GAGGCAGGGTTTAATACAGCA-39 (forward primer), 59-
CCAGTTGTCCTCCTCCATGT-39 (reverse primer); Probe: Universal
ProbeLibrary probe: # 132. DNMT1: 59-
GATGTGGCGTCTGTGAGGT-39 (forward primer), 59-
CCTTGCAGGCTTTACATTTCC-39 (reverse primer); Probe: Universal ProbeLibrary probe:
# 66. DNMT3a: 59- ACTACATCAGCAAGCGCAAG -39
(forward primer), 59- CACAGCATTCATTCCTGCAA-39
(reverse primer); Probe: Universal ProbeLibrary probe: # 75.
DNMT3b: 59- CCGAGAACAAATGGCTTCAG-39 (forward
primer), 59- TTCCTGCCACAAGACAAACA-39 (reverse
primer); Probe: Universal ProbeLibrary probe: # 64. All assays were
designed intron-spanning. The thermal cycler conditions
comprised 45 cycles of 95uC for 10 s, 60uC for 30 s, and 72uC for 15 s.
Relative mRNA expression was calculated with the Relative
Quantification Software (Roche Diagnostics) using an
efficiencycorrected algorithm with standard curves and reference gene
normalization against SDHA and TBP (inclusion of a third
housekeeping gene (ACTB) led to similar results); These two
housekeeping genes have previously been shown to be appropriate
for normalization in human glioma and normal brain tissue .
The reference point of this study was the date of surgery.
Primary endpoint was progression free survival (PFS). Secondary
endpoints were overall survival (OS) and treatment response (TR).
We assumed the predictive impact of mRNA expression to be at
least as high as the impact of the MGMT promoter methylation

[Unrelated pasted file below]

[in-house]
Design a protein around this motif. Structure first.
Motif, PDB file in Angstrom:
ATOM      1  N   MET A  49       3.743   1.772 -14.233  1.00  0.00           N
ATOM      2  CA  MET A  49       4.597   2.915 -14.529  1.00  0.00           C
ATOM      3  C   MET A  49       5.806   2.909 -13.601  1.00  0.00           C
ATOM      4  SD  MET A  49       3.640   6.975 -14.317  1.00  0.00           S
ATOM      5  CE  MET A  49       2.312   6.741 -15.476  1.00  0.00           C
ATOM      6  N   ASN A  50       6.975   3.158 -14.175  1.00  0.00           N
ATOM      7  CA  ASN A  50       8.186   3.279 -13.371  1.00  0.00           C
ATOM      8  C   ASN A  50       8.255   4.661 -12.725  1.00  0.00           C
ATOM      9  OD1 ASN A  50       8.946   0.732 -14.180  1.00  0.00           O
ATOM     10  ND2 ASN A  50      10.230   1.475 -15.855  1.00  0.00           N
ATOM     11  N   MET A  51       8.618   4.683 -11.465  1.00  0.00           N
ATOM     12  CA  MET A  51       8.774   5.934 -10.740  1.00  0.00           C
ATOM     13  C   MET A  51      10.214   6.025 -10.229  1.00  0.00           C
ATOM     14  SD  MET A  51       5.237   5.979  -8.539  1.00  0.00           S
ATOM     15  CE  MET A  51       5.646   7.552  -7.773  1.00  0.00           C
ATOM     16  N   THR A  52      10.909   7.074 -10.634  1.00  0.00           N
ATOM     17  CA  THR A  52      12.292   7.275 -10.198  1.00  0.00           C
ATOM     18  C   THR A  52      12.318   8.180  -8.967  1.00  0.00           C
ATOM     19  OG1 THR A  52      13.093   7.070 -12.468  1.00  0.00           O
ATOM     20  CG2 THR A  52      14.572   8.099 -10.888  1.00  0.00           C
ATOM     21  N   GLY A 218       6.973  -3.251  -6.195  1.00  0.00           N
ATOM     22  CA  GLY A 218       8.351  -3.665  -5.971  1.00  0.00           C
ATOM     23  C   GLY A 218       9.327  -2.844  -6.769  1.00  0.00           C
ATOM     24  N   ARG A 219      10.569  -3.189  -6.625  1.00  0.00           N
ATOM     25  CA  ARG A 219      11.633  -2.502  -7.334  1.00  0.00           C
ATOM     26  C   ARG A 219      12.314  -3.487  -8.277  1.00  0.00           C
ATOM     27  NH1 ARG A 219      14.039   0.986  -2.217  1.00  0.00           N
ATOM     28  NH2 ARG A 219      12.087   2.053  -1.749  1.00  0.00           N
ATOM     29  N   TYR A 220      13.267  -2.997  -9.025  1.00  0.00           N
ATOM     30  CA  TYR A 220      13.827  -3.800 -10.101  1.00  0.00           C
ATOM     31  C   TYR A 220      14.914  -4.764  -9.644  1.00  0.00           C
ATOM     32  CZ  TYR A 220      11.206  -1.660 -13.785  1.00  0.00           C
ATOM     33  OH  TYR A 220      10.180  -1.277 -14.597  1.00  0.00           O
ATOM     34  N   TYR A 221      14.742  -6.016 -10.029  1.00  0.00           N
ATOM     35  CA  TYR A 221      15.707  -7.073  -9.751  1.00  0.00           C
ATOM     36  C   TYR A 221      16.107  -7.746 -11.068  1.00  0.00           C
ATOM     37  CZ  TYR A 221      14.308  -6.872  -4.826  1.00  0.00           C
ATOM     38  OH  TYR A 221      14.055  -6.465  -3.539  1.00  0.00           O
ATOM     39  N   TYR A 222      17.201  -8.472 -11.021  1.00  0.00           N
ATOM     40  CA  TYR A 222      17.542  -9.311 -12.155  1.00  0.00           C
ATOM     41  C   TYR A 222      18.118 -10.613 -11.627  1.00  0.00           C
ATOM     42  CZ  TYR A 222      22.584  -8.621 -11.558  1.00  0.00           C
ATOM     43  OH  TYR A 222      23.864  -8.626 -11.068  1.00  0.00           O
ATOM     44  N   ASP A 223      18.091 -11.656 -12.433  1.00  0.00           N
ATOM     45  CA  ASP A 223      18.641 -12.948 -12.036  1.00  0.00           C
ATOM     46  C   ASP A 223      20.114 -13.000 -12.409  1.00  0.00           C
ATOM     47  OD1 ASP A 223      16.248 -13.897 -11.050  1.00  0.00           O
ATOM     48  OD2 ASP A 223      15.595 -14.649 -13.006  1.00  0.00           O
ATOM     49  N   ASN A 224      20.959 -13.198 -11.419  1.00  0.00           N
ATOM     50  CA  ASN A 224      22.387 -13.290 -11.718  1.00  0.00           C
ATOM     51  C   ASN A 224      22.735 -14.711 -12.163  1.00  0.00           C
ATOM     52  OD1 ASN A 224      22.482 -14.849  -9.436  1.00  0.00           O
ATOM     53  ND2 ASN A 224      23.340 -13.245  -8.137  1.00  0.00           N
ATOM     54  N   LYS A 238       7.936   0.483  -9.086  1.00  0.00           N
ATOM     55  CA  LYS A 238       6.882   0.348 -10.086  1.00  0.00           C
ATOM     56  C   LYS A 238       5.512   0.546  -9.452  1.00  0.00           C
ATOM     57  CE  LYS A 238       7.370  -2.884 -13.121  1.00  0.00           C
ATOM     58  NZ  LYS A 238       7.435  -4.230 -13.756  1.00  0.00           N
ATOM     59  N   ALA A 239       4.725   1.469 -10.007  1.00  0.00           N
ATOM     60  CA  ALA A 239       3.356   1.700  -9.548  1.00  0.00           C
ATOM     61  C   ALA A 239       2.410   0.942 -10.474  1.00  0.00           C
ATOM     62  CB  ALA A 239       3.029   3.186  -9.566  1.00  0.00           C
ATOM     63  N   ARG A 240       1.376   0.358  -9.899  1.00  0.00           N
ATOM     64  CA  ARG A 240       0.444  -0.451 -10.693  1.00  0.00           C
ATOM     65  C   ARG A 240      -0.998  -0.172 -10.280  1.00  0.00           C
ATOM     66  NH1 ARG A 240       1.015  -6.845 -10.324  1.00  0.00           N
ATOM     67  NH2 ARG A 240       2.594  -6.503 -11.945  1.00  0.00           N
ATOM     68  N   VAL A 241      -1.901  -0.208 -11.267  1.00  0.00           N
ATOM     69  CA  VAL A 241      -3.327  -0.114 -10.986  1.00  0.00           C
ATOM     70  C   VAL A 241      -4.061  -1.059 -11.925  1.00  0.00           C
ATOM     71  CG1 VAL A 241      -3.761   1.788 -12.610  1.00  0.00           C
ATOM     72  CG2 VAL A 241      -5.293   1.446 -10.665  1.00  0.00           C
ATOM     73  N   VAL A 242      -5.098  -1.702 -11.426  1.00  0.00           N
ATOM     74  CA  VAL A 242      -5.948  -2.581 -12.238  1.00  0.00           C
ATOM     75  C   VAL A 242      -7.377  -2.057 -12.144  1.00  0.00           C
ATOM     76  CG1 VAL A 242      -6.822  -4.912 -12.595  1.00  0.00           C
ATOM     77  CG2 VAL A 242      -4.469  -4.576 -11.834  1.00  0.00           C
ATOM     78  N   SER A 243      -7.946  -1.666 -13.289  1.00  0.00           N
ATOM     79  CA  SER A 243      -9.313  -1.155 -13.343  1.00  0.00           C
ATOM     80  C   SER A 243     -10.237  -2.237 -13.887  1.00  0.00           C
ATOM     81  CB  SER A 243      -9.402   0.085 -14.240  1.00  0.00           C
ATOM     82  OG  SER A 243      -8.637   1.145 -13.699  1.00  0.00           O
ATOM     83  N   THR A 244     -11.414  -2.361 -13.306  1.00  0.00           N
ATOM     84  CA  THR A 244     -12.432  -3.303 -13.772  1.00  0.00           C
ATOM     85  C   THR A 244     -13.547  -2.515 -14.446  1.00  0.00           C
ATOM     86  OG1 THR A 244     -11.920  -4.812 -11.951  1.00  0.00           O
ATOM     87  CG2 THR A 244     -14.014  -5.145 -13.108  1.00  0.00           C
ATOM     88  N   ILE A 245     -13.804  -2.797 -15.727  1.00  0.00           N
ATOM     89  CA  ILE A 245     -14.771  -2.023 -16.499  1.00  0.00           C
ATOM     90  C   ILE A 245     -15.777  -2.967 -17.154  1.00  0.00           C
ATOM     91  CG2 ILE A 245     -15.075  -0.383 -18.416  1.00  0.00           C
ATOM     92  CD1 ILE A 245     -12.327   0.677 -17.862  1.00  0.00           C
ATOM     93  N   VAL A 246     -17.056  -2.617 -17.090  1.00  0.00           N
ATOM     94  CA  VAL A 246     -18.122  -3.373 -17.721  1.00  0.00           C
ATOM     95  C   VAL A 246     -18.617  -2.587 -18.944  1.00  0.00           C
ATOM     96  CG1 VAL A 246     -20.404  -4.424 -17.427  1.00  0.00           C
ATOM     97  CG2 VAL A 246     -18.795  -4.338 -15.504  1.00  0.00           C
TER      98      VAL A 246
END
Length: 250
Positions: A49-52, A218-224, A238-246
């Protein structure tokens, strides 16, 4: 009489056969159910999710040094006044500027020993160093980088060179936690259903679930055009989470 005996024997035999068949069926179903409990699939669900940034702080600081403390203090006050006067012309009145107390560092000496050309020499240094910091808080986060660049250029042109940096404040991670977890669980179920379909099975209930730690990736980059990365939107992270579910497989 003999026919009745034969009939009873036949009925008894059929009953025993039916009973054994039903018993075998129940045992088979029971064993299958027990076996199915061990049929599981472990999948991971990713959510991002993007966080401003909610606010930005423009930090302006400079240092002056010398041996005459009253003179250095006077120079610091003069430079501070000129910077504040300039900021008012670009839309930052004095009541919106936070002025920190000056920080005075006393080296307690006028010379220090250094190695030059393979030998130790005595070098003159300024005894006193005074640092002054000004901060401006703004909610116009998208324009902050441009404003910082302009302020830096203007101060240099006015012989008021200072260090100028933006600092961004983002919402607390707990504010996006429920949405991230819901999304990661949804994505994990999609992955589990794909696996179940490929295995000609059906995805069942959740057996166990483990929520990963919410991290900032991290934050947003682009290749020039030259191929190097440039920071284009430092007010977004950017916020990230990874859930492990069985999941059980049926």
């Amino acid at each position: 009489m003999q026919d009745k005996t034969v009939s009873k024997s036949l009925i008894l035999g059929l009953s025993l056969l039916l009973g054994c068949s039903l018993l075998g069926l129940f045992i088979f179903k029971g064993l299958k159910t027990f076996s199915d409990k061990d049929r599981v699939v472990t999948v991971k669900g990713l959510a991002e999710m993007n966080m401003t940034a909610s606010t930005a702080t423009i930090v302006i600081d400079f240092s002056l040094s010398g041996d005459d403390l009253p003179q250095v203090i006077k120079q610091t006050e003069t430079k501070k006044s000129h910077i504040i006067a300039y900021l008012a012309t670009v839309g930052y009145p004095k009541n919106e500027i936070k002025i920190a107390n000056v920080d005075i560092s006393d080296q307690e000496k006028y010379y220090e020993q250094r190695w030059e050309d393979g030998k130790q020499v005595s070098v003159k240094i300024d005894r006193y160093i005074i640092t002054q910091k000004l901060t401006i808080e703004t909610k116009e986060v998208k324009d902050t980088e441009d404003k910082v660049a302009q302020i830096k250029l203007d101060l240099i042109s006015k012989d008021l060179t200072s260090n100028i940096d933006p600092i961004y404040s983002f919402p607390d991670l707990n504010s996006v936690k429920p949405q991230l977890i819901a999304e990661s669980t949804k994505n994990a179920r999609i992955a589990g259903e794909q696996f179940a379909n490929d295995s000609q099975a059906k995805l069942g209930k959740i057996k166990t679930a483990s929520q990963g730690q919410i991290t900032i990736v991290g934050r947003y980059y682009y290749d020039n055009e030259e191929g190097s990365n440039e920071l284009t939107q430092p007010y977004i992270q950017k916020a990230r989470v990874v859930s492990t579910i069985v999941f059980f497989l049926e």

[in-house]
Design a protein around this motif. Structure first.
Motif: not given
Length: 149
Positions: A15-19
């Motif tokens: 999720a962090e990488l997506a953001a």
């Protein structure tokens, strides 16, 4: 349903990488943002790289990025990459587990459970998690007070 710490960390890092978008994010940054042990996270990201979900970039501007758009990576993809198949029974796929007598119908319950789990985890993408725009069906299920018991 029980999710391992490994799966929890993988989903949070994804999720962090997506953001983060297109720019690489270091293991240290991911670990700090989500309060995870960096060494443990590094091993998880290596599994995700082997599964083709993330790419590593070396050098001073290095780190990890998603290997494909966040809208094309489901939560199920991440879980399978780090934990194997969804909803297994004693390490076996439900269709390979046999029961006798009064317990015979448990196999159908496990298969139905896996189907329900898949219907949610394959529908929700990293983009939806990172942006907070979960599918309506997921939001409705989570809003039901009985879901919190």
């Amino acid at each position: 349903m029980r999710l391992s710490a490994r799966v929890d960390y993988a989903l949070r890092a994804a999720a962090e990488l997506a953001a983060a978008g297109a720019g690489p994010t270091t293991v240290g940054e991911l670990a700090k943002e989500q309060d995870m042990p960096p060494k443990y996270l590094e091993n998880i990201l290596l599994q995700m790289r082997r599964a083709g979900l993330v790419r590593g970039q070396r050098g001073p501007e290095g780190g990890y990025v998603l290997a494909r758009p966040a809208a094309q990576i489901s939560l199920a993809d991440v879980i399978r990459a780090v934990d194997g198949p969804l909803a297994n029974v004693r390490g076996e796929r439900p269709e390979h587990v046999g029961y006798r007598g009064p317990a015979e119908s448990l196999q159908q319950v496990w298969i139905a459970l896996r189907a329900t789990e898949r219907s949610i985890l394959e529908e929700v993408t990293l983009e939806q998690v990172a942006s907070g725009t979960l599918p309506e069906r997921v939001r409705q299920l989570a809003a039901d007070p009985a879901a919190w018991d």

status. Values of MGMT mRNA expression in the biopsy group
usually referred to the mean of the expression data obtained from
different sites of each tumor. The median of the MGMT mRNA
expression of the entire tumor group was used as the cut-off value
for definition of the high and the low MGMT mRNA expression
group. Based on a previous study of our group  we expected a
hazard ratio of 0.45 or even less in favor of the group harboring a
methylated MGMT promoter and/or low MGMT mRNA
expression. Accordingly, a sample size in the range of 28 patients
in each group was estimated to be sufficient to have a power of
80% to demonstrate a significant difference in PFS in favor of
malignant glioma with a methylated MGMT promoter and/or low
PFS and OS were analyzed by the Kaplan-Meier method 
and compared with the two-sided log-rank test. TR was evaluated
after three cycles of TMZ monotherapy according to the